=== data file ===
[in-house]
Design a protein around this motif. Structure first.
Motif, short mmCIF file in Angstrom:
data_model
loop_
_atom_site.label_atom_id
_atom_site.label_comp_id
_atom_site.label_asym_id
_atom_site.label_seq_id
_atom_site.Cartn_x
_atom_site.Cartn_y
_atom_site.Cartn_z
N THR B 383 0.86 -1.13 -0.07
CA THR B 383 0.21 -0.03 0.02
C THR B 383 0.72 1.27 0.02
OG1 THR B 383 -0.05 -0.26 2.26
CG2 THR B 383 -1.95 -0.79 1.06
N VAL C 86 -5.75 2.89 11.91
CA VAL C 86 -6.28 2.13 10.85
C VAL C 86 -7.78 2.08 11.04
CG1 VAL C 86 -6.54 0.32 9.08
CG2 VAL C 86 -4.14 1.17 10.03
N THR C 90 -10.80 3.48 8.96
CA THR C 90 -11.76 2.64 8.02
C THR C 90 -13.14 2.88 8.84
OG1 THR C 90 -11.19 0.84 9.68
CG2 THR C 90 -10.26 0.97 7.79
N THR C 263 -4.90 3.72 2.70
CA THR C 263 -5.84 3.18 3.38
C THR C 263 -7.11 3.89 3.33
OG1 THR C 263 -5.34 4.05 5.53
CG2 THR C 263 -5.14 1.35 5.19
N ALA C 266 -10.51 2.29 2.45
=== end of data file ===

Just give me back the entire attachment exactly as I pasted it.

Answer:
[in-house]
Design a protein around this motif. Structure first.
Motif, short mmCIF file in Angstrom:
data_model
loop_
_atom_site.label_atom_id
_atom_site.label_comp_id
_atom_site.label_asym_id
_atom_site.label_seq_id
_atom_site.Cartn_x
_atom_site.Cartn_y
_atom_site.Cartn_z
N THR B 383 0.86 -1.13 -0.07
CA THR B 383 0.21 -0.03 0.02
C THR B 383 0.72 1.27 0.02
OG1 THR B 383 -0.05 -0.26 2.26
CG2 THR B 383 -1.95 -0.79 1.06
N VAL C 86 -5.75 2.89 11.91
CA VAL C 86 -6.28 2.13 10.85
C VAL C 86 -7.78 2.08 11.04
CG1 VAL C 86 -6.54 0.32 9.08
CG2 VAL C 86 -4.14 1.17 10.03
N THR C 90 -10.80 3.48 8.96
CA THR C 90 -11.76 2.64 8.02
C THR C 90 -13.14 2.88 8.84
OG1 THR C 90 -11.19 0.84 9.68
CG2 THR C 90 -10.26 0.97 7.79
N THR C 263 -4.90 3.72 2.70
CA THR C 263 -5.84 3.18 3.38
C THR C 263 -7.11 3.89 3.33
OG1 THR C 263 -5.34 4.05 5.53
CG2 THR C 263 -5.14 1.35 5.19
N ALA C 266 -10.51 2.29 2.45